William, the 30- to 100-foot cleared zones requirement comes from the California Department of Forestry and Fire Protection and is quite effective in slowing down a wildfire in residential areas and preventing damage to homes. This was proved a few years ago in three local fires (and by "local" I mean only a few miles from where I live), the Martin Fire and Summit Fire in 2008, and the Lockheed fire in 2009. The zone is essentially a firebreak, a practice also used in national and state parks. Here's a video explaining defensible space: http://www.youtube.com/watch?v=GPRJeUQByRk&feature=player_embedded
Thanks for the links, Ann. Yes, we seem to have this covered! It's like researchers are throwing everything they can at the wall to see what sticks. I think some of the new materials research is the most interesting, personally. It would be good if organic materials could be used more instead of synthetics. But I guess we'll just have to see how it evolves!
I see that the concept of early obsolescence as a valid reason for accepting short product life is here also. Don't people understand that just because their PV power system is not quite current, it can still be very valuable? And the concept that in six years failure is OK because it will be obsolete is just plain poor thinking. For starters, we have no serious assurance that the cost of systems that recover more power will be low enough to provide any improvement in the cost/ benefits ratio. Another thing is that if the subsidies go away for any reason then the actual cost will rise a lot, no matter how much better performance might possibly be. And it is entirely possible that the subsidies will go away as part of a national budget crunch. One other thing is that the installation cost for the replacement system will certainly be greater because of all of the additional regulations. The magnitude of those is unknown, but I would guess that installation costs will rise by at least 30% just due to more rules and regulations, except in California, where the increase will be at least 50%.
So why should somebody want to replace a system that is functioning correctly with a new system getting 10% more when the present system is installed and paid for, and probably more reliable, as well. It seems that quality does indeed suffer when "cheapest price" is the sole design targt.
Ann, the concept of a hundred foot wide zone being adequate to stop anything more than a slow lawn-fire is the reason so many homes are burned by brushfires in that state. If the grass were a mowed lawn that could work, but for taller grass with any wind it is inadequate. Wishing something were ture very seldom will make it true. That applies everywhere except in some cartoons.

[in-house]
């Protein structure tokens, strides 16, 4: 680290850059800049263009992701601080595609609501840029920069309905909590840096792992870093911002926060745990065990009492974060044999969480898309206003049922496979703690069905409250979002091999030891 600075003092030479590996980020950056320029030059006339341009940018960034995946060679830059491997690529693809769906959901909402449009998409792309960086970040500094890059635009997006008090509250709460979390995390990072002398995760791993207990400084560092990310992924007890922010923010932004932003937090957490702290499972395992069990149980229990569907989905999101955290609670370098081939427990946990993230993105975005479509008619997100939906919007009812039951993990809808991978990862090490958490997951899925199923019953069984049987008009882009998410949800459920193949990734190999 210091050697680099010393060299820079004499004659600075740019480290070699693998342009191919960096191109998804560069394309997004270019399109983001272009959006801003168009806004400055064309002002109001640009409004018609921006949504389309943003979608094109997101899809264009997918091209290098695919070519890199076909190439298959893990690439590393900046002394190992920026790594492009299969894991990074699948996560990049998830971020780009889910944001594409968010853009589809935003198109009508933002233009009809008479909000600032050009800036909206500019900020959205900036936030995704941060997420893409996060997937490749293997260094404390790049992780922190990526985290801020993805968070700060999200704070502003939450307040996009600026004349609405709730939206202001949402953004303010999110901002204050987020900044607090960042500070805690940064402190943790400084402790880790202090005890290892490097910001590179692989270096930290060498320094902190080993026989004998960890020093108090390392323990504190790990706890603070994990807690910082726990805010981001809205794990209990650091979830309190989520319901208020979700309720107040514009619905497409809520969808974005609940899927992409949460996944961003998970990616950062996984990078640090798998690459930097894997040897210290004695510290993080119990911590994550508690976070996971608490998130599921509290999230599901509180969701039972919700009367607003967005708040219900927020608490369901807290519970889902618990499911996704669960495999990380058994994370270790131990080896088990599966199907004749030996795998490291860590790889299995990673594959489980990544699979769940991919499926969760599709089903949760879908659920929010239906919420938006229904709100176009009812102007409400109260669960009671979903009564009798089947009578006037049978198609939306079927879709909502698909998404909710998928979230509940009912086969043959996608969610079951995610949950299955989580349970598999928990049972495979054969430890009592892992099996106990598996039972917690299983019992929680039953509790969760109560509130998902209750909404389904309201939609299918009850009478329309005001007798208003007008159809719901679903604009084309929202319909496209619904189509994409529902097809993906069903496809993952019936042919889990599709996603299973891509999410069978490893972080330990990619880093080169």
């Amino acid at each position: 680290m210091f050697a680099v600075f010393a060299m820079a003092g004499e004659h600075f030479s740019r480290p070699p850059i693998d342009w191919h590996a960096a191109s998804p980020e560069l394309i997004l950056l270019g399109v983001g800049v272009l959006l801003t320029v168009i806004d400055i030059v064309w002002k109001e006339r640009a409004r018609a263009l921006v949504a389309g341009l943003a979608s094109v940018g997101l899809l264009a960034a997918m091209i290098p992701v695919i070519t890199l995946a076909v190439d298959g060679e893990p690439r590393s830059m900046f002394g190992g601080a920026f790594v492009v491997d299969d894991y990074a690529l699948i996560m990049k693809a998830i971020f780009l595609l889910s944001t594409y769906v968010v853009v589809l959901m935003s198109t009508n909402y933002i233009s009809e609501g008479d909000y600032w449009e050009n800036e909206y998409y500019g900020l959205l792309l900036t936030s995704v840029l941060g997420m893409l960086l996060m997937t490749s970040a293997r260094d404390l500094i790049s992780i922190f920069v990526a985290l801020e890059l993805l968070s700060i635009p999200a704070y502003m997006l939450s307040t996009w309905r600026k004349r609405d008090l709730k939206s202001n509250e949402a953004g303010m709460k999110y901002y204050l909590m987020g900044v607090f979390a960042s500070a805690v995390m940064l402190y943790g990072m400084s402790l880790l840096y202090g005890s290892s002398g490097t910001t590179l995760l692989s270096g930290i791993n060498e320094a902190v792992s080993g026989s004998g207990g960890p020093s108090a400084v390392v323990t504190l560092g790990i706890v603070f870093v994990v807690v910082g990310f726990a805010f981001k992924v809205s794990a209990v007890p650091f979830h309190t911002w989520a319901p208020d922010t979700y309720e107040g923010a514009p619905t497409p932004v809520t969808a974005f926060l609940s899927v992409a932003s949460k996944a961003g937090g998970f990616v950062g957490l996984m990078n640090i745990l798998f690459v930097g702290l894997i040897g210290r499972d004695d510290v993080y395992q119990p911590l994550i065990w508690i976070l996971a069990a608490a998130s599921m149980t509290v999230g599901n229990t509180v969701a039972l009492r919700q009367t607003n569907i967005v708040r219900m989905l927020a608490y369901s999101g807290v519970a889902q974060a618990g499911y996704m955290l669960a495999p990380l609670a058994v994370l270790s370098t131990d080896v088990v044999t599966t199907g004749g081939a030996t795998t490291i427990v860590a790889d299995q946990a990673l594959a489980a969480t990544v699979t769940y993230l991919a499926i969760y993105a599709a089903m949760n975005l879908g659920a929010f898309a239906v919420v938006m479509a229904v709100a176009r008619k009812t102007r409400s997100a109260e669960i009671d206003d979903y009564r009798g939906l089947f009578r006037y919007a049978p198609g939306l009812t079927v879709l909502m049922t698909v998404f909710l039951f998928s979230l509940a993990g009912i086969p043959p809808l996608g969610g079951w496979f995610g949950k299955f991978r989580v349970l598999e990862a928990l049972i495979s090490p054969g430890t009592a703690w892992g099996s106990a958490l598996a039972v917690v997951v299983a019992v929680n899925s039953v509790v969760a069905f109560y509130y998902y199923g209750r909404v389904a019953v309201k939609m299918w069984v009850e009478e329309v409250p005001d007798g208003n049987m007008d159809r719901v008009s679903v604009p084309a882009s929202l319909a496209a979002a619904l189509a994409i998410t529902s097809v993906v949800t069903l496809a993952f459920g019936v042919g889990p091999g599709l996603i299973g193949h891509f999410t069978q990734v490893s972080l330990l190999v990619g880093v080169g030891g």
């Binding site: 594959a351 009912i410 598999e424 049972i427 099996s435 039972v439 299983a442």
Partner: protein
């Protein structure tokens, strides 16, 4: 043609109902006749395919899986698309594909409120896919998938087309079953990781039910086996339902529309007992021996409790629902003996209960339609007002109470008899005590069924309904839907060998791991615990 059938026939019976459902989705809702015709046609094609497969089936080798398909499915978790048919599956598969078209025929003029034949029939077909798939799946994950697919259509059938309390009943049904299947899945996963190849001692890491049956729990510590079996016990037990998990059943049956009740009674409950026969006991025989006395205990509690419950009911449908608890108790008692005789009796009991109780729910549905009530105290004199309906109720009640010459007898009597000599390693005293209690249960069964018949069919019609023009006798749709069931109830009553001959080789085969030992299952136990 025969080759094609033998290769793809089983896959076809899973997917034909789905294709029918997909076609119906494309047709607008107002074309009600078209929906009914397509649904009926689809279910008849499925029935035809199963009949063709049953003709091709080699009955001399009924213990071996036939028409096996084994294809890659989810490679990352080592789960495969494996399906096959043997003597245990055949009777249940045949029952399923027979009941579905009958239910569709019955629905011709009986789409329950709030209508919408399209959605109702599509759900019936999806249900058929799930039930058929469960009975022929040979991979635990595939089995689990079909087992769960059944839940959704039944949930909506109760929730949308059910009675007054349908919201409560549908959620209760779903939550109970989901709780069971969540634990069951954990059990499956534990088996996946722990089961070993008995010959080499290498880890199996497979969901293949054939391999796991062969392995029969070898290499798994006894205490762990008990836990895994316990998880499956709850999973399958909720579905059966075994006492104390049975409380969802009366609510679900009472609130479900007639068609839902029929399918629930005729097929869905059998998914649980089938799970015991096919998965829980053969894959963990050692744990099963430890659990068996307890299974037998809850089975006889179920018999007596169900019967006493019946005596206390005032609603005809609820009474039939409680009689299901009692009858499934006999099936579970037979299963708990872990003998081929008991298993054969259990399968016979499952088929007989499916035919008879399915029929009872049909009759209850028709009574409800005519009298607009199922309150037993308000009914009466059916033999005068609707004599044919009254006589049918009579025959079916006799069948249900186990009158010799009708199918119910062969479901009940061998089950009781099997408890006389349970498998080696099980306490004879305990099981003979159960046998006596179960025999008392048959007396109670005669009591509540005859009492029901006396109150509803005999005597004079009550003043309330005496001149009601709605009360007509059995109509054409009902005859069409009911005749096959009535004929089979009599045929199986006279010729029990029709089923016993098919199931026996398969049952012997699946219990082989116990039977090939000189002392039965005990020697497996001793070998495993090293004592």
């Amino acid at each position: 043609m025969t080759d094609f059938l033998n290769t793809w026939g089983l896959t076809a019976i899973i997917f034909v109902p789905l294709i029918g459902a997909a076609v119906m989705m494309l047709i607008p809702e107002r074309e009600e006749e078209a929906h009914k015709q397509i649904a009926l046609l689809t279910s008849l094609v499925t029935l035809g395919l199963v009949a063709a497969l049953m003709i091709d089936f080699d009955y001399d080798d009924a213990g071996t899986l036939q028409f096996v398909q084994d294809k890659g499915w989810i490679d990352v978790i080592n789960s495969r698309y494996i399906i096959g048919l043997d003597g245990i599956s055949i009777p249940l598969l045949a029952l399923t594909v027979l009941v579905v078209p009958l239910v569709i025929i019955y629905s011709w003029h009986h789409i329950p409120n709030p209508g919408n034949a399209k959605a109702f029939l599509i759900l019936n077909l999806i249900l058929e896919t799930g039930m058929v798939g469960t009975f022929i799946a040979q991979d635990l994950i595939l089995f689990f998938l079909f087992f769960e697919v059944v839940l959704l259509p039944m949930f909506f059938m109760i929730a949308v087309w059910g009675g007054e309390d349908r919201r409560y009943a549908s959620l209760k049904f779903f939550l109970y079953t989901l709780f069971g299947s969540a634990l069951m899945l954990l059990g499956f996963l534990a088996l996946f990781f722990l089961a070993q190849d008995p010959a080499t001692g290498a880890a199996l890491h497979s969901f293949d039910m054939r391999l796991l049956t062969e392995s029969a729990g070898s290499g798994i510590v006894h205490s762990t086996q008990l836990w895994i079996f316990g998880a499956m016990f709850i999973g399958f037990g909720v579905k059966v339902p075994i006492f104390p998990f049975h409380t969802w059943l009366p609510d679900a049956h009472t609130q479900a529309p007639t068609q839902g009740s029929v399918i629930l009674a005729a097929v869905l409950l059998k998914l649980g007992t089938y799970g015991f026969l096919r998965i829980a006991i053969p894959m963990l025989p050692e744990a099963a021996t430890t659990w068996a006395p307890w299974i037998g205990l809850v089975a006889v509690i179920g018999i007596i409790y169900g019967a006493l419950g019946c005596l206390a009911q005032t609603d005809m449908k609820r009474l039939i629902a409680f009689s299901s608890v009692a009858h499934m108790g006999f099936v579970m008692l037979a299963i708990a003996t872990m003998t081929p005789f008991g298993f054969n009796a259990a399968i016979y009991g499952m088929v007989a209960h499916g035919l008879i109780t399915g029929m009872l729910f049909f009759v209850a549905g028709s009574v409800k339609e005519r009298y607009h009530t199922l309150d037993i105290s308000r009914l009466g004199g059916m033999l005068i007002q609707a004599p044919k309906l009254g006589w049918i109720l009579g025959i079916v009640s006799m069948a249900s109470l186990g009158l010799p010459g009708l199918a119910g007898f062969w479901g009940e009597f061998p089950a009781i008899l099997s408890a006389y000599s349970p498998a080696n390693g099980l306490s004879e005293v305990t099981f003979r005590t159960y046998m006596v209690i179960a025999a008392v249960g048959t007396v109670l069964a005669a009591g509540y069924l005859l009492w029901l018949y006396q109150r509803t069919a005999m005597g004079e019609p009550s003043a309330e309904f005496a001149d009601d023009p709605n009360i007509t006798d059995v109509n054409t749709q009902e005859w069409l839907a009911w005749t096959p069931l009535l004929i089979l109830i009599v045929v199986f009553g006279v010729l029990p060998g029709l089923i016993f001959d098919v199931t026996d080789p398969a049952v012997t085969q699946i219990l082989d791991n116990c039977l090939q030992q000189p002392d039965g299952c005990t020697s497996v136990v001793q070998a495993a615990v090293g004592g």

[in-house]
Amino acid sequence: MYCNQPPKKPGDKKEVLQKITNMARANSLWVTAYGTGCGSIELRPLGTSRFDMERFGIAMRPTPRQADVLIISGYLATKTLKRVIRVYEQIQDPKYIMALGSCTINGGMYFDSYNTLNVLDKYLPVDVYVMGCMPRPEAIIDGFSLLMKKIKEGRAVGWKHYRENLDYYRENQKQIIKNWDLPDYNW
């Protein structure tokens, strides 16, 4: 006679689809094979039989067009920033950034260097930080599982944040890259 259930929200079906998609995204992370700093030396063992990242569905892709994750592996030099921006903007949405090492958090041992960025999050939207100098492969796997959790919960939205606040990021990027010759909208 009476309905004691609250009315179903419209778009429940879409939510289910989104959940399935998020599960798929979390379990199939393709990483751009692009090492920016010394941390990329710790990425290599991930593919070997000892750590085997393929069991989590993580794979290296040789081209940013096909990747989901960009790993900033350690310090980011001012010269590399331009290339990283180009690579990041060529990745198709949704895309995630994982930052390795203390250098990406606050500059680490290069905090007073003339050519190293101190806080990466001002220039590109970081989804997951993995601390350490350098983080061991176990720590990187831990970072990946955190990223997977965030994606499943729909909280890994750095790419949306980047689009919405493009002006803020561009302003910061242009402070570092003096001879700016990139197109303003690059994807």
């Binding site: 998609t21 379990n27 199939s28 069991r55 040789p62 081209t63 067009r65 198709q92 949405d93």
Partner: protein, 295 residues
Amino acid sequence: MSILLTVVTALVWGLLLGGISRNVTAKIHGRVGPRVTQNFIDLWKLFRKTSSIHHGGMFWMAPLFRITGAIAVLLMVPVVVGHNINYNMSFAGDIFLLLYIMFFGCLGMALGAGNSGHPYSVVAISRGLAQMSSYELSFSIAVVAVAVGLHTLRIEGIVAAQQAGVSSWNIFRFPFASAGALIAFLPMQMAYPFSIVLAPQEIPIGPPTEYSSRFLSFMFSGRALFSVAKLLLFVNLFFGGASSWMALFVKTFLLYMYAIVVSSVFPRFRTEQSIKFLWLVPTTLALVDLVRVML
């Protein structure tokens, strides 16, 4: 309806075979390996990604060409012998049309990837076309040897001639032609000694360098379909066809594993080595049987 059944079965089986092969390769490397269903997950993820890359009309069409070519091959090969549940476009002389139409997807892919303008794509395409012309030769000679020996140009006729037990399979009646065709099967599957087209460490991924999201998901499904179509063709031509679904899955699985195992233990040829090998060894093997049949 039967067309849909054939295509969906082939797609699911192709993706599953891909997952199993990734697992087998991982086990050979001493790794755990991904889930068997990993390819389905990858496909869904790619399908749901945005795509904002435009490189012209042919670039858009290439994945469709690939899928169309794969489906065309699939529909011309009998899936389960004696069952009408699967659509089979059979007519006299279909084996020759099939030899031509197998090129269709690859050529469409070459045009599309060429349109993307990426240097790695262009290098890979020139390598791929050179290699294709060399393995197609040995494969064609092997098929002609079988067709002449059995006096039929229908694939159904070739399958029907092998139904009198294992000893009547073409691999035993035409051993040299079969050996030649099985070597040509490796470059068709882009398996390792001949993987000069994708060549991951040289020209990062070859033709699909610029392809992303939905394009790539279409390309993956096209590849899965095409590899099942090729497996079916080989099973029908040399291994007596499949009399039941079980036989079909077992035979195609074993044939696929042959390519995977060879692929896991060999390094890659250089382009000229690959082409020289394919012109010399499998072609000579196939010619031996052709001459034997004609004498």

Elizabeth, I know what you mean. I've also covered the subject of cheaper solar cells, usually from the materials or process standpoint: http://www.designnews.com/author.asp?section_id=1392&doc_id=254364 http://www.designnews.com/author.asp?section_id=1392&doc_id=248975 http://www.designnews.com/author.asp?section_id=1392&doc_id=245980 Between your stories and mine, one would hope that one or more of these technologies will prove a winner.
In a bid to boost the viability of lithium-based electric car batteries, a team at Lawrence Berkeley National Laboratory has developed a chemistry that could possibly double an EV’s driving range while cutting its battery cost in half.
Using Siemens NX software, a team of engineering students from the University of Michigan built an electric vehicle and raced in the 2013 Bridgestone World Solar Challenge. One of those students blogged for Design News throughout the race.
Robots that walk have come a long way from simple barebones walking machines or pairs of legs without an upper body and head. Much of the research these days focuses on making more humanoid robots. But they are not all created equal.
For industrial control applications, or even a simple assembly line, that machine can go almost 24/7 without a break. But what happens when the task is a little more complex? That’s where the “smart” machine would come in. The smart machine is one that has some simple (or complex in some cases) processing capability to be able to adapt to changing conditions. Such machines are suited for a host of applications, including automotive, aerospace, defense, medical, computers and electronics, telecommunications, consumer goods, and so on. This discussion will examine what’s possible with smart machines, and what tradeoffs need to be made to implement such a solution.